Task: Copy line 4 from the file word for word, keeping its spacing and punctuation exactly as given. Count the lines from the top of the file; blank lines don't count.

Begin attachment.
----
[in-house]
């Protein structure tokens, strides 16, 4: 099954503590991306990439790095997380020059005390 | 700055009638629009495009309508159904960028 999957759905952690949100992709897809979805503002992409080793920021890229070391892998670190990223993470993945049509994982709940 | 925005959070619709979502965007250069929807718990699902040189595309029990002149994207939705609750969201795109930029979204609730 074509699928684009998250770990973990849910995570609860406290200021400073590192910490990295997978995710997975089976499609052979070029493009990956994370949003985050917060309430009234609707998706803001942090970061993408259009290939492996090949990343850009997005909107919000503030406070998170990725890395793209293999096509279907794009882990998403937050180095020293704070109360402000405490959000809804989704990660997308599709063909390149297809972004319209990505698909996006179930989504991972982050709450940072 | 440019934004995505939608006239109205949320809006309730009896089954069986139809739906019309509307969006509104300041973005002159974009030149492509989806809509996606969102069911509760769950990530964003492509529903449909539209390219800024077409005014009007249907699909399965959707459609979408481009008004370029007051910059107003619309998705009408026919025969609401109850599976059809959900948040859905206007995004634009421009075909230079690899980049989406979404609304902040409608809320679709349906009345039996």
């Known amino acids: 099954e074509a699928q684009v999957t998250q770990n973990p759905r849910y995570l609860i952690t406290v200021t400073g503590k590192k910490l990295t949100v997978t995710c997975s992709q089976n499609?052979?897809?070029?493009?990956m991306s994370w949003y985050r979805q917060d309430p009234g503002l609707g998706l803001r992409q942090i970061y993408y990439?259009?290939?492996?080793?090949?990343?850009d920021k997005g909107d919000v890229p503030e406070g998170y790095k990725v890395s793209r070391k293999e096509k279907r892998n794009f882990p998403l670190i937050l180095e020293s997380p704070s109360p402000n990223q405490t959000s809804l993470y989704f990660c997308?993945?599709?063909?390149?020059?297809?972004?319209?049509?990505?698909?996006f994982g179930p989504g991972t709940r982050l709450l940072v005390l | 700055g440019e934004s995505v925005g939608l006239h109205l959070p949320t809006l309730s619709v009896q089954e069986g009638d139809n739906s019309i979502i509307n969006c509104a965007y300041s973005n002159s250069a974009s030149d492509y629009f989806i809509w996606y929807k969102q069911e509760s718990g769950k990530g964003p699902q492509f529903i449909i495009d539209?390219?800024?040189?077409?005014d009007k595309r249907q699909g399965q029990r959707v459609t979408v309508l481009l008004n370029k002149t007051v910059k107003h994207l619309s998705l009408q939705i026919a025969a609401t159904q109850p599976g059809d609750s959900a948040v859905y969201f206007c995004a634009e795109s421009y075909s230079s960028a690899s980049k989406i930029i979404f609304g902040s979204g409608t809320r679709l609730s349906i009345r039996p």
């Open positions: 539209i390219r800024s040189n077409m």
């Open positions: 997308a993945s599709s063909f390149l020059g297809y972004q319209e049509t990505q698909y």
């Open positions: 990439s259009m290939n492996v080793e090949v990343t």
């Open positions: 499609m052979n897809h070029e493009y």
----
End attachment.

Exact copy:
């Open positions: 539209i390219r800024s040189n077409m």